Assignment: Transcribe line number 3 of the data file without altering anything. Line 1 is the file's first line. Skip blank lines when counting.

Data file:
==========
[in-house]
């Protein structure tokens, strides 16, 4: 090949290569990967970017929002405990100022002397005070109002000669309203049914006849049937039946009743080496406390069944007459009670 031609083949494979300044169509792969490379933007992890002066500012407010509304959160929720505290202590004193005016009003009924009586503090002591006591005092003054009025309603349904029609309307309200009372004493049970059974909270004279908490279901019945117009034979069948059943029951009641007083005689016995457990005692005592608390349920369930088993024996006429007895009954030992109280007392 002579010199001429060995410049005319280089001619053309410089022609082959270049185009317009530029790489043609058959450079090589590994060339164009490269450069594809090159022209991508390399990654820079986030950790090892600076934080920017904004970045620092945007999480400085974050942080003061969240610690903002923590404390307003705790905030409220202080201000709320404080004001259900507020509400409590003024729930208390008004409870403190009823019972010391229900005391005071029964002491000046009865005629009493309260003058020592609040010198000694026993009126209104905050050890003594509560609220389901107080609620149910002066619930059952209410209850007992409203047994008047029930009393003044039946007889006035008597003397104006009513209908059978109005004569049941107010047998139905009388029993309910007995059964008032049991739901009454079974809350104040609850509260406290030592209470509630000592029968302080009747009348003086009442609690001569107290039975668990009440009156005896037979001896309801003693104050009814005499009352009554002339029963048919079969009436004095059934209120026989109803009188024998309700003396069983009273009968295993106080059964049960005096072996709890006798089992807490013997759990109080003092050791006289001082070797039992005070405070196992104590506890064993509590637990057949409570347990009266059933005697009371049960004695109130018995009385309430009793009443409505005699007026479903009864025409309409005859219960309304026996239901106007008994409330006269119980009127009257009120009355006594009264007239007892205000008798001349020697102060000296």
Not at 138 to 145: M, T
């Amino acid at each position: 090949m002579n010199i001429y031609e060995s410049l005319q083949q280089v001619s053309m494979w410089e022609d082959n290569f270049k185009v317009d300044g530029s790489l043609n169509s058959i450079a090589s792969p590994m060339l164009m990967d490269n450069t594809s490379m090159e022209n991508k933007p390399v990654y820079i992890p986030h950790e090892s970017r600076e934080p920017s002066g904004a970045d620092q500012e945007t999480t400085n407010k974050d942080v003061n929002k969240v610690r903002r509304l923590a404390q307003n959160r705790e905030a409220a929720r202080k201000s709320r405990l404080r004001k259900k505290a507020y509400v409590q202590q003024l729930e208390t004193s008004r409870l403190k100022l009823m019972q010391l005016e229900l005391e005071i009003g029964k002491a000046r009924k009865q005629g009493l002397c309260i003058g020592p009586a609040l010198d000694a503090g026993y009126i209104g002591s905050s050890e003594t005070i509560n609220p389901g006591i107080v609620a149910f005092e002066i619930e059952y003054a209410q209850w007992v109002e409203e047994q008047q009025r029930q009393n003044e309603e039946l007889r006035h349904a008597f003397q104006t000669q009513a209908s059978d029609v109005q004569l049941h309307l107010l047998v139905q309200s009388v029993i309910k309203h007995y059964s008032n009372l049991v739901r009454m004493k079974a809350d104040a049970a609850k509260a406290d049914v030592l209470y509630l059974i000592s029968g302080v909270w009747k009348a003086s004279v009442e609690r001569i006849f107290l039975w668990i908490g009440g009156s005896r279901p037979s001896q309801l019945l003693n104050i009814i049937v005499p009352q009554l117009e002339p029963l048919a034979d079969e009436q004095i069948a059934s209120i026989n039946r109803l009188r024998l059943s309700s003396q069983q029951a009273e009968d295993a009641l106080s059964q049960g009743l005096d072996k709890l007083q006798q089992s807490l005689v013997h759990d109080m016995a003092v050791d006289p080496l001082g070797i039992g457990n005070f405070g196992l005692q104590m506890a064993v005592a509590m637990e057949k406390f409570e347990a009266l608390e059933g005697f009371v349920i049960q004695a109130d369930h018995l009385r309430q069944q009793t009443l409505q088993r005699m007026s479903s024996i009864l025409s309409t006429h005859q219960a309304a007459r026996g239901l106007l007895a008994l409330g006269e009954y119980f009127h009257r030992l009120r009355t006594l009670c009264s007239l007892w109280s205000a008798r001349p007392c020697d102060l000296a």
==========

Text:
Not at 138 to 145: M, T